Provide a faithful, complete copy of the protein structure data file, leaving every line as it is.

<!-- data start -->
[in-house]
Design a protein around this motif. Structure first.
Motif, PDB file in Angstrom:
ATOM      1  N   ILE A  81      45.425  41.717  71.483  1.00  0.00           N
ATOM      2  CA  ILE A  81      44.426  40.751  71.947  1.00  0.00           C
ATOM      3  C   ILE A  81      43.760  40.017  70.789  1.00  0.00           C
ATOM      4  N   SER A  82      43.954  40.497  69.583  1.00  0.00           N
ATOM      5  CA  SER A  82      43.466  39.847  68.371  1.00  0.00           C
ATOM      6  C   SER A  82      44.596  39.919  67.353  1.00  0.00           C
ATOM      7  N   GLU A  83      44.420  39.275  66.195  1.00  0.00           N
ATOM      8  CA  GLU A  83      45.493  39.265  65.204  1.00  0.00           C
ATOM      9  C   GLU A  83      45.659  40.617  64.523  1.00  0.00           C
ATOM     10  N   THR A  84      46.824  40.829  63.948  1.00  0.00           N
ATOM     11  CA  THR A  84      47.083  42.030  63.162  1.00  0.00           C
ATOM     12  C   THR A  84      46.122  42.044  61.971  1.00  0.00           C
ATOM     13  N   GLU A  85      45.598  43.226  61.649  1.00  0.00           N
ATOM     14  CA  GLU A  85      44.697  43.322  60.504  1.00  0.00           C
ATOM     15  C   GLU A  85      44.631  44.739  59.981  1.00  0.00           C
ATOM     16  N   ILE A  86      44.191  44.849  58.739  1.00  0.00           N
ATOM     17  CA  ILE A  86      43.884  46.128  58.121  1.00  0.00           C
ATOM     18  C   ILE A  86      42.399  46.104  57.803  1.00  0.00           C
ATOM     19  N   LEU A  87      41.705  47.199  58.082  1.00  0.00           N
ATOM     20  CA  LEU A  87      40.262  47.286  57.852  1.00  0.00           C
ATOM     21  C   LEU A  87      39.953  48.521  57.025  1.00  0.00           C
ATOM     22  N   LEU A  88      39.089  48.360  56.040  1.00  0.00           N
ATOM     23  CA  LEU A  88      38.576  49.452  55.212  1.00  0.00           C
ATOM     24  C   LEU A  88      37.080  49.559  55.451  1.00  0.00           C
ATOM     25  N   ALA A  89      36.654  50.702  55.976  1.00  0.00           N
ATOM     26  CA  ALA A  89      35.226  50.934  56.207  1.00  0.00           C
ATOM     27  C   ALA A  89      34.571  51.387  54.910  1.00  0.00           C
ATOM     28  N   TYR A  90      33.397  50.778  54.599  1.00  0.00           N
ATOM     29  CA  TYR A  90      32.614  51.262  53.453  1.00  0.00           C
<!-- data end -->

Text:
[in-house]
Design a protein around this motif. Structure first.
Motif, PDB file in Angstrom:
ATOM      1  N   ILE A  81      45.425  41.717  71.483  1.00  0.00           N
ATOM      2  CA  ILE A  81      44.426  40.751  71.947  1.00  0.00           C
ATOM      3  C   ILE A  81      43.760  40.017  70.789  1.00  0.00           C
ATOM      4  N   SER A  82      43.954  40.497  69.583  1.00  0.00           N
ATOM      5  CA  SER A  82      43.466  39.847  68.371  1.00  0.00           C
ATOM      6  C   SER A  82      44.596  39.919  67.353  1.00  0.00           C
ATOM      7  N   GLU A  83      44.420  39.275  66.195  1.00  0.00           N
ATOM      8  CA  GLU A  83      45.493  39.265  65.204  1.00  0.00           C
ATOM      9  C   GLU A  83      45.659  40.617  64.523  1.00  0.00           C
ATOM     10  N   THR A  84      46.824  40.829  63.948  1.00  0.00           N
ATOM     11  CA  THR A  84      47.083  42.030  63.162  1.00  0.00           C
ATOM     12  C   THR A  84      46.122  42.044  61.971  1.00  0.00           C
ATOM     13  N   GLU A  85      45.598  43.226  61.649  1.00  0.00           N
ATOM     14  CA  GLU A  85      44.697  43.322  60.504  1.00  0.00           C
ATOM     15  C   GLU A  85      44.631  44.739  59.981  1.00  0.00           C
ATOM     16  N   ILE A  86      44.191  44.849  58.739  1.00  0.00           N
ATOM     17  CA  ILE A  86      43.884  46.128  58.121  1.00  0.00           C
ATOM     18  C   ILE A  86      42.399  46.104  57.803  1.00  0.00           C
ATOM     19  N   LEU A  87      41.705  47.199  58.082  1.00  0.00           N
ATOM     20  CA  LEU A  87      40.262  47.286  57.852  1.00  0.00           C
ATOM     21  C   LEU A  87      39.953  48.521  57.025  1.00  0.00           C
ATOM     22  N   LEU A  88      39.089  48.360  56.040  1.00  0.00           N
ATOM     23  CA  LEU A  88      38.576  49.452  55.212  1.00  0.00           C
ATOM     24  C   LEU A  88      37.080  49.559  55.451  1.00  0.00           C
ATOM     25  N   ALA A  89      36.654  50.702  55.976  1.00  0.00           N
ATOM     26  CA  ALA A  89      35.226  50.934  56.207  1.00  0.00           C
ATOM     27  C   ALA A  89      34.571  51.387  54.910  1.00  0.00           C
ATOM     28  N   TYR A  90      33.397  50.778  54.599  1.00  0.00           N
ATOM     29  CA  TYR A  90      32.614  51.262  53.453  1.00  0.00           C